Modern earth science pedagogy is increasingly based on an integrated systems framework, where all of the major earth systems, including lithospheric cycles, are interlinked and dependent on each other through feedback loops. Most secondary school and introductory college-level geology courses present the concepts of plate tectonics and rock classifications. However, many instructional approaches fail to integrate these topics within an earth systems viewpoint, where supercontinent cycles are viewed in both spatial and temporal dimensions, and the classification of rock types is intrinsically dependent on the tectonic, as well as the depositional environment in which they were formed. This contribution presents new tectonic animations and images that allow students to investigate supercontinent cycles (e.g., the assembly and breakup of Rodinia, and the Paleozoic interactions of Laurentia, Gondwana, and Baltica) and integrated Wilson Cycle and Tectonic Rock Cycles that equate rock genesis with tectonic and environmental settings. Central to these visualizations is the concept that processes of rock genesis have evolved, and will continue to evolve, through geologic time. We discuss the conceptual and historical background for each of these visualizations, and follow this with detailed descriptions of, and educational uses for, the images and animations.
To be of optimal instructional utility, the animations and images consider the visual domain as a primary, rather than secondary instructional tool. As such, they are designed to function optimally in an inquiry-driven educational setting. They take into account the complex cognitive interactions between visual and verbal representations in learning environments by providing rapid interchange between these two domains. Where factual information is of interest, e.g., when introducing a topic or relaying important background information, the typical verbal primacy is observed. But in instances where spatial and temporal relationships are of interest, such as in the Rodinia and Pangaea supercontinent cycles, and the “No Rock is Accidental” tectonic rock cycle, the visualizations assume the primary role, with text-based annotations or verbal discussion as secondary.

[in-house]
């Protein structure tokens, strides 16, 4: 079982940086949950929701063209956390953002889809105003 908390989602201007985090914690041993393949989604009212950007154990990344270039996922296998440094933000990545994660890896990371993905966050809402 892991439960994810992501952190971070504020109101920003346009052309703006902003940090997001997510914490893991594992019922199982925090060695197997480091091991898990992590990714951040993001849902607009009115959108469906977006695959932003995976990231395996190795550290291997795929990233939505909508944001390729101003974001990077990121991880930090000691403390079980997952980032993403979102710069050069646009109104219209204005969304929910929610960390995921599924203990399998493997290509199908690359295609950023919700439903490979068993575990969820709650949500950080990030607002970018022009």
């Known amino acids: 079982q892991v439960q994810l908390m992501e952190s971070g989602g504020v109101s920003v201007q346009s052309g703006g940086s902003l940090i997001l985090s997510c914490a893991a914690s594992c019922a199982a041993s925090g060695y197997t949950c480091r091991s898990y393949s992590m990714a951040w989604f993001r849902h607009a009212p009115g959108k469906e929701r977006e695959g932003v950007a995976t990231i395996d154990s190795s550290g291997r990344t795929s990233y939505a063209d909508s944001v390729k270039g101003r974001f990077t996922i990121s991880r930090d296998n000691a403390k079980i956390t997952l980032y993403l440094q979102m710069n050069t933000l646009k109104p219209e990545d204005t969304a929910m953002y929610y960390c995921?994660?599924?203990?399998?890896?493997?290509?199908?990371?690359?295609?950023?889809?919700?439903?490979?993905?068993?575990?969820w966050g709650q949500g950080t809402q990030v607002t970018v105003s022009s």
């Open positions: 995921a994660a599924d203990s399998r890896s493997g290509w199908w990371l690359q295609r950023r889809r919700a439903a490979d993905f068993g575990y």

We conclude with discussions on the importance of inquiry-based educational approaches and effective ways of evaluating educational visualizations. We suggest that to best utilize the available media (digital and paper based), the level of cognitive engagement of the learning task should be closely tied to a taxonomy of visualizations that encompass detailed, integrated representations and animations. Inquiry-based interfaces, such as we present in this paper, promote more mindful articulations of the desired learning tasks and an increased retention of the subject material outside the bounds of the classroom. Teaching a systems-based understanding of the Earth and the concepts of evolving tectonic and rock cycles provides students with holistic foundations from which they can better evaluate, and make decisions about, their living environment.